• There is a need for newer prosthetic designs that will provide an artificial disc with components more similar to the natural disc, allowing for reestablishment of a more physiologically correct function. There is also a need for designs that allow for less invasive surgery for their insertion thus providing patients with safer alternatives. In addition and importantly, the present state of the art does not provide for a safe, reproducible salvage operation in the case of prosthetic failure. The present invention provides answers to the multiple problems cited above.
  • Generally, an artificial lumbar disc prosthesis can be formed from three components. Each of the components may be inserted individually. Two bean shaped implants are a mirror image of each other and are designed to be inserted on each side of the disc cavity. The third component is designed to fill the remaining disc cavity after the first two components have been inserted. The unique design focuses on restoring the natural function of the disc, reestablishing a preferred disc space, and providing ease of insertion through both a posterior and anterior approach. Moreover, the potential of prosthesis failure is fully addressed and feasible solutions to such an occurrence are proposed.
  • BRIEF DESCRIPTION OF THE INVENTION
  • The invention relates to an artificial lumbar disc to be inserted into a disc cavity, comprising at least the following components :
    • a pair of bean shaped implants, each implant comprising a bone contacting surface and an annulus contacting surface and each implant being flexible and having a varying thickness according to the natural contour of the annulus; and
    • a nucleus comprising a midline inflatable implant which is insertable into the disc cavity to completely fill and lock the said components in place.
  • The pair of bean shaped implants are adapted to defined a substantially cylindrical passage or chamber with a central axis, in which the midline inflatable implant is intended to be located. The thickness of the bean shaped implants is measured in a direction parallel to said central axis.
  • Advantageously, a granular porous titanium (for example in the form of a layer) is applied to both surfaces of the bean shaped implants for insuring long term fixation.
  • According to an embodiment, each component of the artificial lumbar disc has a shape for their sequential insertion in the disc cavity.
  • Advantageously, the bean shaped implants and the nucleus are adapted for being inserted individually and for being assembled in an intervertebral space.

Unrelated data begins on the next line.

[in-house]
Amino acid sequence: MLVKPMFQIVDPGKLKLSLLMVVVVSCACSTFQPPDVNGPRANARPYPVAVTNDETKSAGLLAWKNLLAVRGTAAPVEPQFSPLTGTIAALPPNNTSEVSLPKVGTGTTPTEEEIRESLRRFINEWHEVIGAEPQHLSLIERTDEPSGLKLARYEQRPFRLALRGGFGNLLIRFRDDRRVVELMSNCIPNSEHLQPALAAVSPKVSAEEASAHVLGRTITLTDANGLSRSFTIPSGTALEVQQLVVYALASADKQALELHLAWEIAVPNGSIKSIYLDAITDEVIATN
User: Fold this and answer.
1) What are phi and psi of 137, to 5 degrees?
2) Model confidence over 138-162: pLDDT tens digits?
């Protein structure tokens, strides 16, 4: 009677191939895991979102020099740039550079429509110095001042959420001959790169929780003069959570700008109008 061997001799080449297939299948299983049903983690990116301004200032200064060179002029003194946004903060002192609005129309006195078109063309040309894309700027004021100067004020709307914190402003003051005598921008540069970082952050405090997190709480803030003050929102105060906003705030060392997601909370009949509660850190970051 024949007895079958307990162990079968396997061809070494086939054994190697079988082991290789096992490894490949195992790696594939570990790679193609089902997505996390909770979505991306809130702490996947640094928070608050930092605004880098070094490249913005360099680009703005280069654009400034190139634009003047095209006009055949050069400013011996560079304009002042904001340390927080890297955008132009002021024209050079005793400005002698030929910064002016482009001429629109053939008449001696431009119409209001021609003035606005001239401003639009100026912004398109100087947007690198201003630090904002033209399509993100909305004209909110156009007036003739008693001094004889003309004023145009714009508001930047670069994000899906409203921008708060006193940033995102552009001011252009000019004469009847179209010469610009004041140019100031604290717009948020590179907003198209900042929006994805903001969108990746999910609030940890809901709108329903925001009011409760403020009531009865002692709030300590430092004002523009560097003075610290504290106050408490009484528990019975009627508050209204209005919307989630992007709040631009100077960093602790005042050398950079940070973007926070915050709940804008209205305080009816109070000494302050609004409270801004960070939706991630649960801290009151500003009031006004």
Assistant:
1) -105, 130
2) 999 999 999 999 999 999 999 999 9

• According to a further detail of an embodiment, the bean shaped implants and the nucleus are adapted for being inserted through a posterior or an anterior approach to the disc cavity.
  • According to still a further embodiment, the pair of bean shaped implants have a shape for protecting or reestablishing a lordosis of a lumbar spine.
  • In a preferred embodiment, the pair of bean shaped implants are custom-made to fit unique contours of vertebral.
  • Most preferably, at least one bean shaped implant, preferably the two bean shaped implants are shaped with a height difference or thickness and/or a degree of convexity obtained through radiological and mathematical methods.
  • According to a further advantageous embodiment, the bean shaped implants and the nucleus or inflatable implant are adapted for being sequentially introduced into the disc space through a minimally invasive procedure.
  • Advantageously, a desired disc height can be reestablished through spinal dilators which allow for a progressive distracting of the disc cavity.
  • According to a preferred embodiment, the midline inflatable implant is provided with means adapted for connecting the midline inflatable implant to an inflating means adapted for controlling and/or optimizing the degree of inflation of the midline implant to obtain a physiologically correct implant.
  • According to a possible embodiment, at least one bean shaped implant, advantageously the two bean shaped implants are shaped so as to be individually removed after their placement. This enables a quick replacement in case one bean shaped implant seems to be the most appropriate or in case of defect.
  • Advantageously, the bean shaped implants are shaped so that when their free ends are placed the one in front of the other, at least one free space is formed, preferably at least two free spaces are formed. Said free space or spaces are formed between the first end of a first bean shaped implants and the first end of the second bean shaped implant, and/or between the second end of the first bean shaped implant and the second end of the second bean shaped implant. At least one space defined between a first end of the first bean shaped implant and a first end of the second bean is adapted for the passage of the inflatable implant, in its deflated or at least partly deflated status, in and out the central chamber defined between the lateral faces of the two bean shaped implants which are facing the one to the other. This enables a easy removal of the midline inflatable implant, for example after a substantially deflating of the midline inflatable implant, so as to fill the central chamber with a bone generating composition or with bone or with bone particles, said composition or particles being advantageously associated or mixed with one or more bone growth agents. The bone generating composition or bone particles are adapted for forming living bone in the chamber, resulting in a solid fusion of the bean shaped implants and the vertebral endplates with the bone generated in the central chamber. When removing the midline inflatable implant, for revision surgery for example, it is possible to replace said midline inflatable implant by a new midline inflatable implant.